Jackie (Janet Dibley) is a woman of a certain age who is having a mid-life crisis as she goes through a divorce to her long time husband John (Graham Bickley), deals with her 19 year old son David (Michael Hamway), gets ready to move out of the family home, and via the pages of her collection of old Jackie comics encounters her younger 1970s self (Daisy Steere).
As we follow Jackie on her mid-life crisis we also meet some of the people in her life – Max (Nicholas Bailey), Gemma (Tricia Adele-Turner), Jill (Lori Haley Fox) and Frankie (Bob Harms) who all bring Jackie’s world to life and into sharper focus.
As you would expect from the title of the show and the subject matter, Jackie is a show that, judging from the audience tonight, means that something a bit extra to many of the women in the audience of an age with Jackie as they emphasise closely with her on many levels and have maybe had similar life experiences.
If you are not familiar with it, Jackie was a weekly comic published originally in the 1960s by Dundee based publishing giant DC Thomson (this show is produced in association with them) that really reached its peak of popularity in the early to mid 1970s with its mixture of pop stars, fashion, beauty and lifestyle advice. If you were a teenage girl in the early 1970s, the chances were high that you read Jackie comic.
As well as the dramatic story of Jackie’s past and present life, we also have the sounds and fashions of the period brought wonderfully to life by a live band as we re-live with Jackie the sounds of ‘70s chart toppers such as T-Rex, Mud, Barbara Streisand & Donna Summer, David Essex, David Cassidy to name but a few. The songs though are not just a musical backdrop, they are part of the story and dialogue as they are skillfully used at the appropriate moments in time. If you are old enough (like me) you will recognise most of these songs from the first few musical bars, and there are some great songs in this show – particularly one of my favourites “What Becomes of The Broken Hearted” by Jimmy Ruffin...originally a hit in 1966 but re-released in 1974. Written by three of the best song-writers of the period, the wonderful lyrics of this song are just perfect for this show. There is also a great use of “20th Century Boy” by T-Rex here.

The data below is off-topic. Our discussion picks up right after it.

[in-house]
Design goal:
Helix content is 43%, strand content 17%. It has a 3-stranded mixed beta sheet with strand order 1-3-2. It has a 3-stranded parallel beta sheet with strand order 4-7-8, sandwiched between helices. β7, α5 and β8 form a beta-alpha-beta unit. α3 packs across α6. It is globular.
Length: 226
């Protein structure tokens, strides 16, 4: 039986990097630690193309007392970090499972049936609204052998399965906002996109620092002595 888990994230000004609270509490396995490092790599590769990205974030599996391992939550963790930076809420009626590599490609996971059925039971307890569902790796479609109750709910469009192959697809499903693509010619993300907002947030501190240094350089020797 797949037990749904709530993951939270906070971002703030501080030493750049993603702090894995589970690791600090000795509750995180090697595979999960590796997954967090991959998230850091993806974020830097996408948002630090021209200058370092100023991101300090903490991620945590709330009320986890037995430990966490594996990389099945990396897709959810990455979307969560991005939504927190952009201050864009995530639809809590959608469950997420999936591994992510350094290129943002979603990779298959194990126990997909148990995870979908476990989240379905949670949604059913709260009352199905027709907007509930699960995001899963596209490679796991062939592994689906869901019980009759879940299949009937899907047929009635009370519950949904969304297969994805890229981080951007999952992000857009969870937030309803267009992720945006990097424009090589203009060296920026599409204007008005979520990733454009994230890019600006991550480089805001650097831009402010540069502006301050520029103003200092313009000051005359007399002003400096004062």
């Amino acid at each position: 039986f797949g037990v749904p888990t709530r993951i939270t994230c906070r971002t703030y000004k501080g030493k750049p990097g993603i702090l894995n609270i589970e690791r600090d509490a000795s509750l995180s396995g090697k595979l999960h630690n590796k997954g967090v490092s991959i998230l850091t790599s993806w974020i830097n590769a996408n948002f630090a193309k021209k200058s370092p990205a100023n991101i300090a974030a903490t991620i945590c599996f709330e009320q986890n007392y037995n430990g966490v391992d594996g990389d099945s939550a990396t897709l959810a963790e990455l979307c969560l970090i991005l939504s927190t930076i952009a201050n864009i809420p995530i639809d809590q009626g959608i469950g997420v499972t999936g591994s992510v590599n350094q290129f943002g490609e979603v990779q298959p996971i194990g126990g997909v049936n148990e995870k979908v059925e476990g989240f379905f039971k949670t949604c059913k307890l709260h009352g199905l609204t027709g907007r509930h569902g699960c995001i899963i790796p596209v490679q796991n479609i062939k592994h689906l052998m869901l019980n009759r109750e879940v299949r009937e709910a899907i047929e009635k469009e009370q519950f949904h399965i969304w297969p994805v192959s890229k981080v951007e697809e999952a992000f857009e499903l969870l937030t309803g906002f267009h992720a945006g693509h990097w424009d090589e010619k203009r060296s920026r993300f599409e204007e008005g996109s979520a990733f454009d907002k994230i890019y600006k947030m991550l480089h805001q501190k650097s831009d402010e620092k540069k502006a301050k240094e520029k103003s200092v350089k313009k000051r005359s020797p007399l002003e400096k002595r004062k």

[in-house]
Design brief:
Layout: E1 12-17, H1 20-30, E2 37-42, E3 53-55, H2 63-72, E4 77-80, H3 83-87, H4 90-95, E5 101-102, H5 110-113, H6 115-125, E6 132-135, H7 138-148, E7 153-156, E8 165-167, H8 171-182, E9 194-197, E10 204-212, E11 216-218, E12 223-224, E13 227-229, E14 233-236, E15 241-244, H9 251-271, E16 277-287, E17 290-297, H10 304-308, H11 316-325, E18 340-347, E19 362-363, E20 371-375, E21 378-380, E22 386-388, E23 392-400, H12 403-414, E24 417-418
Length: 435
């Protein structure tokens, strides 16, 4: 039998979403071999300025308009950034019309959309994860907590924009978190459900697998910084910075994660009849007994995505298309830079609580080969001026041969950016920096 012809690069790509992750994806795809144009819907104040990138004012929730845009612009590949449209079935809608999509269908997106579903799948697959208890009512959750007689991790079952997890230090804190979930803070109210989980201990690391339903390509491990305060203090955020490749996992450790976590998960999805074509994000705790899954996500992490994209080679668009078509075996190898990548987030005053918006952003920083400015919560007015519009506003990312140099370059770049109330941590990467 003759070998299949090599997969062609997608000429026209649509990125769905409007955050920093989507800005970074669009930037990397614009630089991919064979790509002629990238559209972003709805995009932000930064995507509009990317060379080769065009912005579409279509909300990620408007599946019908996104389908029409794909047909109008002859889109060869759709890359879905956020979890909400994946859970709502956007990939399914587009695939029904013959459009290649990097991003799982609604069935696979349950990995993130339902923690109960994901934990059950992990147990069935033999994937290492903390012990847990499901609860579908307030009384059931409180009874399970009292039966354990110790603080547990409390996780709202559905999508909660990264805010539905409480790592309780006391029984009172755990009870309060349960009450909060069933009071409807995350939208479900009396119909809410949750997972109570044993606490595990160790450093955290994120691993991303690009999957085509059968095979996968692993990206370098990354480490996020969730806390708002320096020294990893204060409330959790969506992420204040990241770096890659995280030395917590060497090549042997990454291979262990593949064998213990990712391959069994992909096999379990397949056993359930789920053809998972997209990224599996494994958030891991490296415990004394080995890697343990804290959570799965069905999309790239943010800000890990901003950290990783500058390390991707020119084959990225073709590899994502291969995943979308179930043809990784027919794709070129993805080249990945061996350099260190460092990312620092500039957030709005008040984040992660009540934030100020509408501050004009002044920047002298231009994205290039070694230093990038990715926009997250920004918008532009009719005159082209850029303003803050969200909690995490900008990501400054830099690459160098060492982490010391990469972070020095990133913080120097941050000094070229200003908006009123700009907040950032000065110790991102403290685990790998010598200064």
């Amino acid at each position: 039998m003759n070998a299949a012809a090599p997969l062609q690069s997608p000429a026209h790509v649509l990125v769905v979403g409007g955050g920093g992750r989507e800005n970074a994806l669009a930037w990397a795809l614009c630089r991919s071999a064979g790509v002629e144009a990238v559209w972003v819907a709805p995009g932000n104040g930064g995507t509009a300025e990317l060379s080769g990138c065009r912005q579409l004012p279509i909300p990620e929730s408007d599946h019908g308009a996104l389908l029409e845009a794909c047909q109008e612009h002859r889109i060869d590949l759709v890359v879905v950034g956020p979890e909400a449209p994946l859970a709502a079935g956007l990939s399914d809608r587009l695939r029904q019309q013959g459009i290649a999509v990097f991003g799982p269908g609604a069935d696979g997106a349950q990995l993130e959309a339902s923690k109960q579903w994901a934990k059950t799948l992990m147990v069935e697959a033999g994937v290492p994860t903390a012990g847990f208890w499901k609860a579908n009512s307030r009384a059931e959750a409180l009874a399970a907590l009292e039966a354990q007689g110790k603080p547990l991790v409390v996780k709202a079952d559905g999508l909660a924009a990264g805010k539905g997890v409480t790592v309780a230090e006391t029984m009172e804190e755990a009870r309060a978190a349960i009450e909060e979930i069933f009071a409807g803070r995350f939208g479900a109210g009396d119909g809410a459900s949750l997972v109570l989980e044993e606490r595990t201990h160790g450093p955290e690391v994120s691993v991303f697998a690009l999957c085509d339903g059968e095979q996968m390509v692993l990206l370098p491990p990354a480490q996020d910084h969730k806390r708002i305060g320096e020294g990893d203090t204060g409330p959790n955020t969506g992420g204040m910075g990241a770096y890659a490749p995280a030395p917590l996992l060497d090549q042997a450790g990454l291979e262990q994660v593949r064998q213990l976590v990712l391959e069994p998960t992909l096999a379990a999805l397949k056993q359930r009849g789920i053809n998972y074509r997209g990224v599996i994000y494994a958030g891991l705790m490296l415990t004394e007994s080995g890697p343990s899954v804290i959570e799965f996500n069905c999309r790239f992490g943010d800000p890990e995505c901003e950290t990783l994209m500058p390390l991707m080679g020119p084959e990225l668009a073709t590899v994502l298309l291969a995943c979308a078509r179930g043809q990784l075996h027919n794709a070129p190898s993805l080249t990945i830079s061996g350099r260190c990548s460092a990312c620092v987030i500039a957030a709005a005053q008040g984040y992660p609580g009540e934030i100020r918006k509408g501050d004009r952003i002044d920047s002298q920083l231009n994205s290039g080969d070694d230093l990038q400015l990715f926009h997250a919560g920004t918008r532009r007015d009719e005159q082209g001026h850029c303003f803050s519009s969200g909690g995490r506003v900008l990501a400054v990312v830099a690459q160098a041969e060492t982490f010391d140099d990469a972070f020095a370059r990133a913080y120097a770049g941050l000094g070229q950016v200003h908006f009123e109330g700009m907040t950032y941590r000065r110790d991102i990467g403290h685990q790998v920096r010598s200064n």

Jackie is a great fun show with a good set that is set against the pages of the comic itself as a backdrop and at various points word balloons bring the comic itself to life. The live band have the sound and the dancers (choreographed by Arlene Phillips) with careful attention to period styling by the show’s design team look the part. Jackie though, like all good shows, works on two levels. You could easily strip the music and dance numbers away here and still have a good dramatic story. Janet and Daisy are both outstanding as the older and younger Jackie and there is wonderful play on that old “What would you say to your younger self given the chance” question. Older Jackie trying to explain laptop computers, mobile phones and online social media to her younger self is just such a clever touch.
Jackie the Musical is just a feel good show that entertains its audience and lets them leave the theatre with that rare “feel good” factor. The show is also so well done that it is a show for anyone of any age. You do not have to be old enough to remember this period the first time round as it is so skillfully done that this is a bit of an idealistic 1970s – the sort of 1970s that anyone who was not there imagines it was like and anyone who was there maybe wishes that it was like.
A great show with high production standards, a great cast, great music and I hope this show goes from strength to strength and bigger and bigger stages and audiences without losing the intimacy of the characters and empathy that so many members of the audience obviously feel with them.
Review by Tom King